Although every believer is called to love his neighbor as himself and thus spread the gospel to his neighbors, only a few are called to serve in the ministry office of “evangelist.” Evangelists are specially-called and equipped to proclaim the gospel.
After highlighting the ministries of Peter and Stephen in the book of Acts narrative, the Holy Spirit next focuses on Philip, identified in the New Testament as an evangelist (Acts 21:8), and who was also one of the seven men who were first appointed to serve Jerusalem’s widows. Philip was obviously anointed not only to preach (which requires an anointing, not only for public speaking, but also for boldness), but also to heal certain kinds of physical infirmities and to deliver the demonized:
Philip went down to the city of Samaria and began proclaiming Christ to them. The crowds with one accord were giving attention to what was said by Philip, as they heard and saw the signs which he was performing. For in the case of many who had unclean spirits, they were coming out of them shouting with a loud voice; and many who had been paralyzed and lame were healed. So there was much rejoicing in that city (Acts 8:5-8).
Philip is actually the only New Testament example we have of an evangelist. Surely there were others in New Testament times (see Eph. 4:11). Were all the early evangelists used consistently in gifts of healings and miracles as was Philip? There is some reason to think so. When we compare Paul’s two lists of ministry gifts in 1 Cor. 12:28 and Eph. 4:11, we note that in both, he lists apostles, prophets and teachers. He only mentions evangelists, however, in Ephesians, while in 1 Corinthians he uniquely mentions “miracles, then gifts of healings.” For that reason, it seems reasonable to think that Paul was describing evangelists in 1 Corinthians as those whom God consistently uses in miracles and gifts of healings, which is exactly what we see in the ministry of the only person in the New Testament who is identified as an evangelist, that is, Philip.
Just as with apostles, however, there are apparently different classes of evangelists, as not all who proclaim the gospel to the lost have ministries that are characterized by miracles and healings. Some, like the late Billy Graham, are only anointed to preach.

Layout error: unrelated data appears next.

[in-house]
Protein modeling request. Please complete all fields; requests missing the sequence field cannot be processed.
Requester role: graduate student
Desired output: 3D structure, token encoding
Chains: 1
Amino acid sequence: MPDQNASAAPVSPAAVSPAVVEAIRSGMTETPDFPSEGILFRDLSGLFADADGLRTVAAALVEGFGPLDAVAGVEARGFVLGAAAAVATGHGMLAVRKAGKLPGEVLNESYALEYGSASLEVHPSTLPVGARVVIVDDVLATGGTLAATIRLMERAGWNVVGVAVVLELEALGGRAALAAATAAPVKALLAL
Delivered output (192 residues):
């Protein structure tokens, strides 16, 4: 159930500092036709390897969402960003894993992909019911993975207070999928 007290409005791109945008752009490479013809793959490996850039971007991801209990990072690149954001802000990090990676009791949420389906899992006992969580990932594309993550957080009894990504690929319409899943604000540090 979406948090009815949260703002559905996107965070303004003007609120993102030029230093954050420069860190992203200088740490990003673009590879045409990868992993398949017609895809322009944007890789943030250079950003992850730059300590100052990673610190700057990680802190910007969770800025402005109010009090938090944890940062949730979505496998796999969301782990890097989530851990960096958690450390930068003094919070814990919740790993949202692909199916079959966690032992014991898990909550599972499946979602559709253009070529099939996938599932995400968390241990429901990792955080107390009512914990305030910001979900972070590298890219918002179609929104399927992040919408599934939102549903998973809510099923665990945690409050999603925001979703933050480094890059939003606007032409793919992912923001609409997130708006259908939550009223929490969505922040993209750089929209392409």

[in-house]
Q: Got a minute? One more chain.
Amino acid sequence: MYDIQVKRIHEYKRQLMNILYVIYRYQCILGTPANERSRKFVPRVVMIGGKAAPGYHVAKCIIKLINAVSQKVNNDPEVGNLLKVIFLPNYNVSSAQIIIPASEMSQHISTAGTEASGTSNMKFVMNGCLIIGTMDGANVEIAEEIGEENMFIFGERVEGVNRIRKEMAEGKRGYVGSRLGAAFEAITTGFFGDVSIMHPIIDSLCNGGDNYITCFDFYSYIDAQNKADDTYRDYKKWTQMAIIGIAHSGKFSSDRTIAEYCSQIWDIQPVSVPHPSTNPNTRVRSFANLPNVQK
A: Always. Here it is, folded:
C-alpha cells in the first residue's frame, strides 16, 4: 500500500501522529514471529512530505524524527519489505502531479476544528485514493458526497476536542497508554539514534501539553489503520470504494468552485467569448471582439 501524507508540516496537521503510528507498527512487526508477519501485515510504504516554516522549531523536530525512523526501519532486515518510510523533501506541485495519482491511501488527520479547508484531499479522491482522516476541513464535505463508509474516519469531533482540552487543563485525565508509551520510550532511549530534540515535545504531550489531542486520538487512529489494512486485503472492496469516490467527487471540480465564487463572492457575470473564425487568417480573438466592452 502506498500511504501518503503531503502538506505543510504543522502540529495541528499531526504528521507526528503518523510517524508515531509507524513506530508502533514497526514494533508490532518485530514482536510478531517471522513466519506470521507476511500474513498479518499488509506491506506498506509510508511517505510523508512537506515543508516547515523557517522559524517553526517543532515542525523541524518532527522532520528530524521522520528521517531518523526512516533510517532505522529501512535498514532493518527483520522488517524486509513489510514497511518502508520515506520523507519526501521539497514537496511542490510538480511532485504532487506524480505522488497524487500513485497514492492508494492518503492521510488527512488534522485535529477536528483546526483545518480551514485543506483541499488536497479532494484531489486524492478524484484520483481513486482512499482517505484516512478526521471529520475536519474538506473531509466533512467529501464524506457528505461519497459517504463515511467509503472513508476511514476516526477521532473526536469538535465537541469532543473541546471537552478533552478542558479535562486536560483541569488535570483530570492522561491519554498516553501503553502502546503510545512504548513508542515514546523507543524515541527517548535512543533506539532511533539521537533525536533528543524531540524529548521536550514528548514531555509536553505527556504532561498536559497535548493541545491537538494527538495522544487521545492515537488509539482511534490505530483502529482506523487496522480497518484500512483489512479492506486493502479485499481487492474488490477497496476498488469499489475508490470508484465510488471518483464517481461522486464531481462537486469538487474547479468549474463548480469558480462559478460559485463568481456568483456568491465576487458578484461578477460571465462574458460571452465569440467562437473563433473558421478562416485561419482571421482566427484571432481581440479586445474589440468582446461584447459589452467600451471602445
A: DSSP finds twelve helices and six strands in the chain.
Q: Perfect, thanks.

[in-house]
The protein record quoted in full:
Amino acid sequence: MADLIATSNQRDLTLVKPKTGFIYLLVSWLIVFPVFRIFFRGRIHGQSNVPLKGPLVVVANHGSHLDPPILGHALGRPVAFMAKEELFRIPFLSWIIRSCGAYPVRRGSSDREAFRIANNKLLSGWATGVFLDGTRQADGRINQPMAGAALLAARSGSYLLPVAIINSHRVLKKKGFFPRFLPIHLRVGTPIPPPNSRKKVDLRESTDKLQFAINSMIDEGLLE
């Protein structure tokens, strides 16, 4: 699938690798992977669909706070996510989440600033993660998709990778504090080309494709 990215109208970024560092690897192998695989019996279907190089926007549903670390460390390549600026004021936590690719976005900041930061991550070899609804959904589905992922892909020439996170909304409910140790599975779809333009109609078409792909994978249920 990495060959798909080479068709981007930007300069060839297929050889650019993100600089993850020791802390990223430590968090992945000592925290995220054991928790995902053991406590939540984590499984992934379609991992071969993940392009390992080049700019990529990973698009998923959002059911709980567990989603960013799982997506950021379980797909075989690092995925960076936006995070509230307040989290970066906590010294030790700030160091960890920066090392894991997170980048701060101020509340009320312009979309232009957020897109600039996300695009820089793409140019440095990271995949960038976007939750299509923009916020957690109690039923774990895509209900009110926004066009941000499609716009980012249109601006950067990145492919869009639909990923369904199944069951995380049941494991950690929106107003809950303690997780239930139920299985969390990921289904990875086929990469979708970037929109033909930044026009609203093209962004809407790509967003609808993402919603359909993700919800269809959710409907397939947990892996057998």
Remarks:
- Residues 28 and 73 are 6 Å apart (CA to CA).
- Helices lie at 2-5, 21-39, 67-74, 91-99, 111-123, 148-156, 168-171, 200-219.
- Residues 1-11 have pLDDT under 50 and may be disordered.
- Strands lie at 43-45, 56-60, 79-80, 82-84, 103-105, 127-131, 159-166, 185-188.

Tragically some (whom we refer to as cessationists), who are only familiar with evangelists whose ministries do not included healings or miracles, have wrongly concluded that God stopped doing miracles after the apostolic age. If they would only study historical or global Christianity, however, they would realize God has never stopped calling and anointing certain evangelists with supernatural power, just like Philip. Those evangelists are in a different class of calling (for lack of a better way to say it), and are obviously better equipped to convince sinners to repent.
Why are some modern evangelists apparently only anointed to preach the gospel while others are anointed to preach and to heal and/or deliver the demonized? Because God uses whom He uses. Interestingly, back in the 1950s during America’s “healing revival,” when scores of “healing evangelists” were holding large revival meetings all over the nation, it was observed that some evangelists were more anointed than others in regard to certain diseases or infirmities. That is, the Holy Spirit would use one evangelist consistently in gifts of healings for cancer, whereas He would use another evangelist more consistently in gifts of healings for blindness or deafness.
It is also possible that some God-called evangelists, who theologically reject modern miracles (and even preach against them), have “quenched the Spirit” [1 Thes. 5:19], and for that reason their ministries are not as empowered by the Holy Spirit as God might prefer. God is pleased by faith, and it is clear from Scripture that He doesn’t bless doubt and unbelief. I can understand why God would not grant signs and wonders to evangelists who believe and preach that miracles ceased with the original apostles.
And Finally, Super-Apostle Paul